Maybe you can see where this is going. If some fields have all these things and lots of Christians, then what about fields without these. Those would be the ones waiting for the harvest. Those are the ones with few workers, few Christians, and inadequate efforts to evangelize.

Now we can see how these unharvested fields can be identified—by asking about available resources:

        Bibles. In their own language? The entire Bible or portions?  The Jesus Film? Available on the Internet? And, by the way, have the people learned to read?

        Leadership training. How recently has Christianity come to this people? Are there Christian leaders? Are there opportunities for training? What level of teaching is appropriate?

        Modes of communication. Are there radio programs, TV programs? Are these accessible to the people? How about print—magazines, correspondence courses, pamphlets on discipleship topics?

        Aids to society. Are there Christian health care workers, educational personnel, advocates for justice and kindness? These address their areas of expertise, but they also model the Christian life.

        Openness in society. Is evangelism permitted? Encouraged and taught? Can worship take place in the open? Is there persecution of Christians and churches?

Those are some of the key criteria in discerning where a particular nation or ethnic group fits. Fields without scads of these resources also are without scads of Christians, and without scads of workers.

What about those churches that are in well harvested fields, like our sample church? Hold back from their work? Shift to another field? Of course not! Press on! If anything, increase the attention and support for growth. And… don’t discount the power of the Holy Spirit to nudge you towards those unharvested fields as well.

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Unharvested Fields

The area of fields white for harvest but with few workers

A Lenten and Easter series on fields needing harvest

You probably recognize the imagery our Lord used. It comes at the end of Chapter 9 of Matthew. He used the simplest of images to convey this overlooked priority for the church’s mission:
            Fields of people
Harvest that is neglected
Spectacular prospects
Too few workers
Prayer for more

These unharvested fields we refer to as “frontier mission.” That’s because they lay beyond the present mission of the church. Vast resources go for to fields where workers have been harvesting year after year. But Jesus is turning our attention to those people where the workers are few—very few and far behind the harvest needed.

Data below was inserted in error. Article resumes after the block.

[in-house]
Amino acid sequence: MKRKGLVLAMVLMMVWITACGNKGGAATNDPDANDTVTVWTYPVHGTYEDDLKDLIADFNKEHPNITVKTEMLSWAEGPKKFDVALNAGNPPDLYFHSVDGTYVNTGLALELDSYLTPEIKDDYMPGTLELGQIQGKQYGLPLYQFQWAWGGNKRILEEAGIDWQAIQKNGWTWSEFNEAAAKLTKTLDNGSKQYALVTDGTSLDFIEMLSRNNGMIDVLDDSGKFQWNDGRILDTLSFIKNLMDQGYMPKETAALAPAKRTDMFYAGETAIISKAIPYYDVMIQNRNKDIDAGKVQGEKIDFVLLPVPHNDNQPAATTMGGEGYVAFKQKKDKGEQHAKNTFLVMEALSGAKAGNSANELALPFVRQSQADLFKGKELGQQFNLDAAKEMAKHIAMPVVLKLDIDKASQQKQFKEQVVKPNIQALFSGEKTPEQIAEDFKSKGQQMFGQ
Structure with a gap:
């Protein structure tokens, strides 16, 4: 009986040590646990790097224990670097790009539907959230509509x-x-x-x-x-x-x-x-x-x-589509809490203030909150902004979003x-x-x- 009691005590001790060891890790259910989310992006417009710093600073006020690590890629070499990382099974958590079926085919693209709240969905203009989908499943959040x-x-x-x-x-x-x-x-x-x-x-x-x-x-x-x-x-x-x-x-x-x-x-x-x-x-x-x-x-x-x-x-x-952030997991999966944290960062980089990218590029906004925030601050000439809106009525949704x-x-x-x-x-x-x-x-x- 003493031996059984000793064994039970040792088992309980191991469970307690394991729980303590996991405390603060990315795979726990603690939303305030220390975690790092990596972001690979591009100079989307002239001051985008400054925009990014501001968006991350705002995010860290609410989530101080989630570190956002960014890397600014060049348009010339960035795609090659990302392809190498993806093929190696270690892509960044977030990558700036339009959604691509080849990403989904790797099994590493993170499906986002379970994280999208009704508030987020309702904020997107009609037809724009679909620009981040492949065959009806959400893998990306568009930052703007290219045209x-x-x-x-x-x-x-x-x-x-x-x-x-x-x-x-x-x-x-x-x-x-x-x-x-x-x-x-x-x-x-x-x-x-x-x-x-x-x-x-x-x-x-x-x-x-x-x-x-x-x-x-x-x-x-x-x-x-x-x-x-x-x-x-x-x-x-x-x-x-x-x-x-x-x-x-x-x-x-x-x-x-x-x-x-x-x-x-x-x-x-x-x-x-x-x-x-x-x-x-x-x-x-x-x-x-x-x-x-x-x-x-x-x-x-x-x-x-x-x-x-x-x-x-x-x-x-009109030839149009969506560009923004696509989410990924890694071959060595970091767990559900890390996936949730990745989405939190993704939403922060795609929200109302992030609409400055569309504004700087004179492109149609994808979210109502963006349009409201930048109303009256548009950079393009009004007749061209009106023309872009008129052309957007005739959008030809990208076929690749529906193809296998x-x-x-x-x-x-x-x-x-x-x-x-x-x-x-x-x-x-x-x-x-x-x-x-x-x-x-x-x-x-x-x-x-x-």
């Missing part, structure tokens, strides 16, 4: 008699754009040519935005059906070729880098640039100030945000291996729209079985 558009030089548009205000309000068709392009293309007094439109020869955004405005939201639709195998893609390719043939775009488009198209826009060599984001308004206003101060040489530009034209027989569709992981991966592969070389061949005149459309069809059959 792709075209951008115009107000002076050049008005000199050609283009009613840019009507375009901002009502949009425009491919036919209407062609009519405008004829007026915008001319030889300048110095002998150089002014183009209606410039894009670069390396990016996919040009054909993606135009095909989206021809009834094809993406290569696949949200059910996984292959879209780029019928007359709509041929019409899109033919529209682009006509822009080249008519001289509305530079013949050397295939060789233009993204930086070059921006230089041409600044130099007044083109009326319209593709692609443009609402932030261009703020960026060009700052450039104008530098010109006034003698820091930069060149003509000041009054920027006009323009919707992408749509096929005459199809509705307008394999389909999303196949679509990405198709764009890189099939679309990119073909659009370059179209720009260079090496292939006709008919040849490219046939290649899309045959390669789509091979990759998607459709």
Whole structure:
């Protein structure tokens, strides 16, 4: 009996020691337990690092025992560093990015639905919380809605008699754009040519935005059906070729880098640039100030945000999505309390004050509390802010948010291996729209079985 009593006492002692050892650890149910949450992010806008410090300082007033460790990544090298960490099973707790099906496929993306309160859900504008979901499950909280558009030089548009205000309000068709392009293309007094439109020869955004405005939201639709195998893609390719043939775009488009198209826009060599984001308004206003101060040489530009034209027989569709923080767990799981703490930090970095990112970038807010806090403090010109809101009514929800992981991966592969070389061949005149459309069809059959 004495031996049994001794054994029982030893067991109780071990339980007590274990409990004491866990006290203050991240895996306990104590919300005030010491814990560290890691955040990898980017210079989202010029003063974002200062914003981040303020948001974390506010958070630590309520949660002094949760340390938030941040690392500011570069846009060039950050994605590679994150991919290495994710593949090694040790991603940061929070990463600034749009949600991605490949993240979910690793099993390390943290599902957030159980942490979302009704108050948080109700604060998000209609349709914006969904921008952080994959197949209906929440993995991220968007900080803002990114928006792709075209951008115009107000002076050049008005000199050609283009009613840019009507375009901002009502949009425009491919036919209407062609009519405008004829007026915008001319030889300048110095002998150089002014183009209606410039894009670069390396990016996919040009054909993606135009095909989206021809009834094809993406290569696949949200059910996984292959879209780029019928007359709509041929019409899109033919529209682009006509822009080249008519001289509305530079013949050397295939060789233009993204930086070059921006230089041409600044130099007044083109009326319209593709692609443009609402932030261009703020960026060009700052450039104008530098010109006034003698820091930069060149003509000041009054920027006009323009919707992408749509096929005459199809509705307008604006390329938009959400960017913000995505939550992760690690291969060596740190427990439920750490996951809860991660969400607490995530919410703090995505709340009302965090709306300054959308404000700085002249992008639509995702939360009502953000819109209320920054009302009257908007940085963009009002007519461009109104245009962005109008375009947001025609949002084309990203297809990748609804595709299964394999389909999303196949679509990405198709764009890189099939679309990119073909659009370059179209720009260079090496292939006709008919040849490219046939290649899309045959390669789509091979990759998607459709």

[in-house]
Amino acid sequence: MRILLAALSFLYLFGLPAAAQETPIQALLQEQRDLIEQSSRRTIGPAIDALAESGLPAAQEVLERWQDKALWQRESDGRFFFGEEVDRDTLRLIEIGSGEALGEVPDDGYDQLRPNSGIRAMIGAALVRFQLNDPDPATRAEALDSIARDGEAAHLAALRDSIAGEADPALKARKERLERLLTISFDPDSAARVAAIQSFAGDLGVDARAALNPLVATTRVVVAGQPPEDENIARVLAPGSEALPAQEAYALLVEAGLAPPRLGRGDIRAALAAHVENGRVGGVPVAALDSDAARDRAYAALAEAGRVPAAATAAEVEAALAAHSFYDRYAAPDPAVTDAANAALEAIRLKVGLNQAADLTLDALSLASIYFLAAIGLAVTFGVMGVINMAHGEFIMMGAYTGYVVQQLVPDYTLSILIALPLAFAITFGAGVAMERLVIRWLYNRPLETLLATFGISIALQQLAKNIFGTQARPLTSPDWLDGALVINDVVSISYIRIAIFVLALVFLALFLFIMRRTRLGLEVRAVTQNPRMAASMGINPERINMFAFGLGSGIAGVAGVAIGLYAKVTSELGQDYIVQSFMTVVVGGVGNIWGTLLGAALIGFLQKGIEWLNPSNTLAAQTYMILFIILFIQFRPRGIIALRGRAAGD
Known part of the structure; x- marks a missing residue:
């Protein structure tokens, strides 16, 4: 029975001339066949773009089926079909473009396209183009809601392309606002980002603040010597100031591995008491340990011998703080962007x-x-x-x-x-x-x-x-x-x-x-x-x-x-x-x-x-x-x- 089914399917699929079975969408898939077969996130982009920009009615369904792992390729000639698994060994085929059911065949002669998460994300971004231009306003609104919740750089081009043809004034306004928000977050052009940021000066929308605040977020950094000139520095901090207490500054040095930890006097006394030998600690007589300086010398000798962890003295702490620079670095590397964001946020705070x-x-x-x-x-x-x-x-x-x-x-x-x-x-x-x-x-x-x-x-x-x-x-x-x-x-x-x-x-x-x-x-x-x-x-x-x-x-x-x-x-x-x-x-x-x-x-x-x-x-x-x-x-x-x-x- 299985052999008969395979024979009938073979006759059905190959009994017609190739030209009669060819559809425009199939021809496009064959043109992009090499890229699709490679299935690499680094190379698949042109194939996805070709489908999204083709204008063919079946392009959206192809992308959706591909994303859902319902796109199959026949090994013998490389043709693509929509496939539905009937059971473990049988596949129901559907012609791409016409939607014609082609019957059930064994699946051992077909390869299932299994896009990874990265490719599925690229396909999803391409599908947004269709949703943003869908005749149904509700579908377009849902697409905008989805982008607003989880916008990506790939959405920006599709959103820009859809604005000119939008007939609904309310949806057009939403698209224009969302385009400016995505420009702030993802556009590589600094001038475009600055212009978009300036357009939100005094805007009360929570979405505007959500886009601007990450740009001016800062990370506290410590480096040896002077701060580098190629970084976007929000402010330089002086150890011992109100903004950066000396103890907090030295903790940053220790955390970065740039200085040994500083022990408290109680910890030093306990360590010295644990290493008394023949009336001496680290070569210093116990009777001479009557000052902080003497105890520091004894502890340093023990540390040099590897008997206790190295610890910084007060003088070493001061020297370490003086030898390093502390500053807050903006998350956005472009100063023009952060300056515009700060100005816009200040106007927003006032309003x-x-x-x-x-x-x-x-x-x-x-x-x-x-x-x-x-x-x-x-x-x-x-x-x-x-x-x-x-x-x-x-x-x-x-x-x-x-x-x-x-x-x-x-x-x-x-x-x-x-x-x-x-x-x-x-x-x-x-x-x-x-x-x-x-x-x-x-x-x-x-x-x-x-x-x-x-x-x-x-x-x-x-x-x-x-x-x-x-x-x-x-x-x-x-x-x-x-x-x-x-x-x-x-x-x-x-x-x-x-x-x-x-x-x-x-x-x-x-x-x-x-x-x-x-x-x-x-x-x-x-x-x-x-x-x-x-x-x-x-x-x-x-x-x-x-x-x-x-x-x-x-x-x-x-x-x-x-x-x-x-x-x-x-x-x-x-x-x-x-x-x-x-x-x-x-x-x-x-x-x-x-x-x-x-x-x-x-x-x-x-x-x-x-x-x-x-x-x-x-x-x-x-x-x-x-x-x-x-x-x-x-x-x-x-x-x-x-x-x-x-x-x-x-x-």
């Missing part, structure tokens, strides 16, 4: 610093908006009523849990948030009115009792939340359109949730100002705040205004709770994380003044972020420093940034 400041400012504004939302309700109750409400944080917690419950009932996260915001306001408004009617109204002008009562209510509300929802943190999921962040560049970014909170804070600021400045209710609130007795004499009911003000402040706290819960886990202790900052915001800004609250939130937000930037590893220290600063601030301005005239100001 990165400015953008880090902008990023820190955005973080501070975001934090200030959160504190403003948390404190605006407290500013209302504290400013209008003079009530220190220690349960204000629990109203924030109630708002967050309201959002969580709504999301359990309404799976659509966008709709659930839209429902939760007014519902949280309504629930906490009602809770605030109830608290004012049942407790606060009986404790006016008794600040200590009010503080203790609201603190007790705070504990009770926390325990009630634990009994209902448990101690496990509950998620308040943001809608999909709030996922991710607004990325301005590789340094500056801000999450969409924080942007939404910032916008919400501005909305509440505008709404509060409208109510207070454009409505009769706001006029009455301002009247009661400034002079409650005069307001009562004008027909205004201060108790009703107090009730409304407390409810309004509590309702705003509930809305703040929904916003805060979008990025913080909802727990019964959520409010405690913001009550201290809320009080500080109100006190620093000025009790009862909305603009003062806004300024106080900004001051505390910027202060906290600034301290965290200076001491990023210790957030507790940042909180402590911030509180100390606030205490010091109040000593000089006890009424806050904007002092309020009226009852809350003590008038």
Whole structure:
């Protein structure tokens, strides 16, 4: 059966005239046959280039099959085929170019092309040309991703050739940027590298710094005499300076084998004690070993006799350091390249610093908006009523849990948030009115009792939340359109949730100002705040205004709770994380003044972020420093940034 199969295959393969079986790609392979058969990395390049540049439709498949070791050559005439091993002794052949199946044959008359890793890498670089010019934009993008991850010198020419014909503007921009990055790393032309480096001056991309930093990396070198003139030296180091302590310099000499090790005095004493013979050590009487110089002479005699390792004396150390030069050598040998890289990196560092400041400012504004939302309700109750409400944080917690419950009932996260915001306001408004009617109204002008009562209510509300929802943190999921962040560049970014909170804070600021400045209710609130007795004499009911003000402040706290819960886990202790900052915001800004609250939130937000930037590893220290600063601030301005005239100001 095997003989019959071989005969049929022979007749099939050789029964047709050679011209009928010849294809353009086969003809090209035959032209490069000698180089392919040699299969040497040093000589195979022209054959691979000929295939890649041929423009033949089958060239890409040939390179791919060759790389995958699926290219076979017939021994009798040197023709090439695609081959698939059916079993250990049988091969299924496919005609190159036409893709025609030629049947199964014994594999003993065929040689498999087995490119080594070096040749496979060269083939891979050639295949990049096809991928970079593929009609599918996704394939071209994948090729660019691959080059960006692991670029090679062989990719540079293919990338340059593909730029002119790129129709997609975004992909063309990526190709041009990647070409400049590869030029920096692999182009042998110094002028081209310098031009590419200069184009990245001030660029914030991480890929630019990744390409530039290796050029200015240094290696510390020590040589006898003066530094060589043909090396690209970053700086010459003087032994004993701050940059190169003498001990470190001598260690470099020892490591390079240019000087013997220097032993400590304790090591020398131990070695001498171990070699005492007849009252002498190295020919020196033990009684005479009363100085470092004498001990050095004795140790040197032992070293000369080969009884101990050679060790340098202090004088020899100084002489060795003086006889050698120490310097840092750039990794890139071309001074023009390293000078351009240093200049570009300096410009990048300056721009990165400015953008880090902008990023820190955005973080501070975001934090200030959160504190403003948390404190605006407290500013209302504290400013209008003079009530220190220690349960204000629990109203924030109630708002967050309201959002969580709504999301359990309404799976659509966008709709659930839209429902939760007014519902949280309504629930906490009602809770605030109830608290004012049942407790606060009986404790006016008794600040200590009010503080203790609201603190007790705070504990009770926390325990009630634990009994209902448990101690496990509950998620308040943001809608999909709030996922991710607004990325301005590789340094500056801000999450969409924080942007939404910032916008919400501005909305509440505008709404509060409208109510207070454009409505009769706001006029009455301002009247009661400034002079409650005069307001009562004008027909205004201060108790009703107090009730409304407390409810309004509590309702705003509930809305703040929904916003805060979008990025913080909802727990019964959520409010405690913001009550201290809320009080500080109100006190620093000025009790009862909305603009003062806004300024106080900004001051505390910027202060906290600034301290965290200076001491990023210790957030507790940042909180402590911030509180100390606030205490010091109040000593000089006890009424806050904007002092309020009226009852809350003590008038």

Transferring His imagery to current numbers and locations, the church sends over 90% of our mission resources to where harvesting has a long history. To those fields where the Gospel is unknown, it’s a different story. There are about 1.8 billion  people in today’s world living in unharvested fields, in the dark about Jesus Christ. For these 28% of the world’s population, we allocate about 6% of our resources.

I consider myself an expert in the reasons for neglecting the some harvest fields. I was director of a missionary society that serves the church’s work among those fields. Anglican Frontier Missions concentrated on the 25 largest and least evangelized ethnic groups. As Director I was on the other end of the telephone receiving calls from those interested in the least evangelized people groups. They were few in those days. I soon discovered that my major role was as advocate for these fields. That meant listening to the churches’ mission stories, appreciating what they were doing, and trying to figure out why that did not include the Qashqa’i of Iran, among others. After fifteen years in that role I became an expert in these reasons.

This is a very timely introduction for this series. This coming Sunday I will give a presentation to a church about involvement with frontier mission. Having this presentation in mind has helped to crystallize the challenge. Let me share my thoughts.

This church is one of the friendliest churches I know towards frontier mission. They have a sound mission life, both locally and beyond. Furthermore, this is the church that gave me immense personal and financial support in the early days of AFM. Yes, this is my former parish, St. Matthew’s Episcopal Church in Richmond, Virginia.